It was necessary for me some years ago to get some passport photographs. Awful agony! When I received the photograph from the photographer I opened it and, well, I was a little disappointed. So I wrote to the photographer, and he said, 'Well, that is only a passport photograph. Would you like some touched-up prints?' That sounded better, so I ordered some. But to my disappointment the American consulate only wanted the passport photograph. I offered them the other, but no, they wanted the passport photograph that was not touched-up. The two were completely different. You would not have recognized the same person. The touched-up photograph was what I wanted other people to think that I was; but the passport photograph was the ugly reality. And all I could do was to submit to the diagnosis, and give the man the thing he wanted.—Alan Redpath
(Luke 13. 11-13; Rom. 7. 18, 24)
In the days when there were fewer cameras and fewer photographs, and when it was an event in one's life to have one's photo taken, an evangelist with a party of friends was enjoying a pleasant Saturday afternoon in Rouken Glen, Glasgow, Scotland, on a lovely summer day. He carried with him a little leather case containing his Bible and, as he walked along, a company of young people out for an afternoon's enjoyment approached him and said, 'Please will you take our photograph,' thinking that the little leather case contained a Vest-pocket Kodak.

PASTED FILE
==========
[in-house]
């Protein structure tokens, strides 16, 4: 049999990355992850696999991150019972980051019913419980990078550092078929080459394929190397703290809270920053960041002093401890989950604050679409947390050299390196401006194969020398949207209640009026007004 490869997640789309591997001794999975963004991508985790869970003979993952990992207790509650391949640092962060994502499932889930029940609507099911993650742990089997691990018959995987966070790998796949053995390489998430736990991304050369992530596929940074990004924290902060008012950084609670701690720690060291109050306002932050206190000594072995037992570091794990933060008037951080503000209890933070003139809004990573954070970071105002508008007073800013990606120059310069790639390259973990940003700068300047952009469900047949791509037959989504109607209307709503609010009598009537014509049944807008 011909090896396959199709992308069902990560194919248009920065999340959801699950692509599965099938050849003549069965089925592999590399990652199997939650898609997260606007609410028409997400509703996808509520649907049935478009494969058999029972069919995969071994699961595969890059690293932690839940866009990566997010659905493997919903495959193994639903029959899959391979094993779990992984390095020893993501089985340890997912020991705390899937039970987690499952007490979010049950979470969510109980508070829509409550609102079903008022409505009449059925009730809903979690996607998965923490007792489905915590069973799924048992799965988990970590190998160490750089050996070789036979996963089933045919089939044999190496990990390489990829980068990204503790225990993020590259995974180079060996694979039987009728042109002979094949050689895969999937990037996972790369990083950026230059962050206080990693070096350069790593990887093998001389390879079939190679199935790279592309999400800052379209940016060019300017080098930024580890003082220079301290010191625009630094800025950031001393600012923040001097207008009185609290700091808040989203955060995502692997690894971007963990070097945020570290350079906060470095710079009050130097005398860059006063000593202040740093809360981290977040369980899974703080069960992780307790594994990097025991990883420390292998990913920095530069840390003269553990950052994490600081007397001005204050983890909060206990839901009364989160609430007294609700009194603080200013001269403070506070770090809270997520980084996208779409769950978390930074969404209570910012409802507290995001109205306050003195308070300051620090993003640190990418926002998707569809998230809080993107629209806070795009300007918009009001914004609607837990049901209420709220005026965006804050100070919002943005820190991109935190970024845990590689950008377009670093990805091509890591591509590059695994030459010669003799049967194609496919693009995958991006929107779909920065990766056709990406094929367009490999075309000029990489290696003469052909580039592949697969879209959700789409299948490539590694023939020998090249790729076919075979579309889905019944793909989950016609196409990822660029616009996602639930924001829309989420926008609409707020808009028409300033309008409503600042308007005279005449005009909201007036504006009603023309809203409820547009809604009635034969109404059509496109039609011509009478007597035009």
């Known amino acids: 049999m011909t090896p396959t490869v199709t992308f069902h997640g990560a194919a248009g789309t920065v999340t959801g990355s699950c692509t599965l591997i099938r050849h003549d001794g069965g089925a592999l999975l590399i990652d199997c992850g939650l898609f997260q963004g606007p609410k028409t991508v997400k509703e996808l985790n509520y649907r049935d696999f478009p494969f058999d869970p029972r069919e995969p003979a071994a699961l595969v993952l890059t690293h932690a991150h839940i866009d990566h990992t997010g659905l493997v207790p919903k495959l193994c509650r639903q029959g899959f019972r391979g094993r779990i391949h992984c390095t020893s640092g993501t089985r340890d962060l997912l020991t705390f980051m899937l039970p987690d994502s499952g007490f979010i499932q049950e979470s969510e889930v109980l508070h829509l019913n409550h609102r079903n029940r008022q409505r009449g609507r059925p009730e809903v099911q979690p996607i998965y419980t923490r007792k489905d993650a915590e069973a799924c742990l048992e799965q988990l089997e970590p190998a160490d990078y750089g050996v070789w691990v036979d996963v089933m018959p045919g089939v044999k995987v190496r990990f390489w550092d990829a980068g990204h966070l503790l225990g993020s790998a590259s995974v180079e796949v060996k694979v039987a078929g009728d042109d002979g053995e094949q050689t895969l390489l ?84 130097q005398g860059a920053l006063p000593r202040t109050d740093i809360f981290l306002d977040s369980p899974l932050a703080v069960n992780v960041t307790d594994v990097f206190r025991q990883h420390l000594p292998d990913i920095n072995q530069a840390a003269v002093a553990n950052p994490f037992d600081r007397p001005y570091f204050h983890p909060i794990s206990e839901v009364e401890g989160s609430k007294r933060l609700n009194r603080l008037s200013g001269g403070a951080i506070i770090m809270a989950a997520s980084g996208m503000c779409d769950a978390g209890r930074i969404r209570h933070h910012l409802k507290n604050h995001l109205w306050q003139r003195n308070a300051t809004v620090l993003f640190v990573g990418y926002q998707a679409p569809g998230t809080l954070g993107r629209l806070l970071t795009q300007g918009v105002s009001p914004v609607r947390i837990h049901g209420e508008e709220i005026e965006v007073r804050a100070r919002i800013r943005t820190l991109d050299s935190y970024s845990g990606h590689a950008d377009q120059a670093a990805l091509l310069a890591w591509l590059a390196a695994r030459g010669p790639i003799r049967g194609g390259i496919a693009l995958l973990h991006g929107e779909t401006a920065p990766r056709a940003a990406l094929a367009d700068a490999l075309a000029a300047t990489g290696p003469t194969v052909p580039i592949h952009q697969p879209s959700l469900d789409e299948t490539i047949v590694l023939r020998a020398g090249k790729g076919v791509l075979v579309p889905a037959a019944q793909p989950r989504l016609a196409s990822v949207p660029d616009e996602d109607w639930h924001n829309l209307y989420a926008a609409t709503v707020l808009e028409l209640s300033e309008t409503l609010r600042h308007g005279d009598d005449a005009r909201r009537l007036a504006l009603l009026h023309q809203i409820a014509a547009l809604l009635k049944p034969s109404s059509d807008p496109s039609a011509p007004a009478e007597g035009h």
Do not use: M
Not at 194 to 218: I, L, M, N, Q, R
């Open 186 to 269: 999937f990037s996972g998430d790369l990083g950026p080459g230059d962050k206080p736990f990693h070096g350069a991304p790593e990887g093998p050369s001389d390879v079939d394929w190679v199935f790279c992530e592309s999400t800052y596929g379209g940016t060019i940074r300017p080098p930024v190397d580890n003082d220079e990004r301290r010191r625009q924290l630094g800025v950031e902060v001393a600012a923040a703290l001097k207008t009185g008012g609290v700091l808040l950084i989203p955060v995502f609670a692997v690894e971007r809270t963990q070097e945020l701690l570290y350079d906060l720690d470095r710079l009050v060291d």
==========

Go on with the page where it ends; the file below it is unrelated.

Without a moment's hesitation the evangelist said, '0, I have it already.' The spokesman of the party asked in surprise, 'When did you take it? You must have got us on the hop.' 'Well, anyway I have it here, and here it is, said the preacher as he pulled out his well-worn Bible, opened it at Romans 3, and began to read to them from verse 9 to verse 23. 'This is God's photograph of every one of us,' he said, as he concluded his reading with the words, 'For all have sinned and come short of the glory of God.'
(Rom. 3. 23)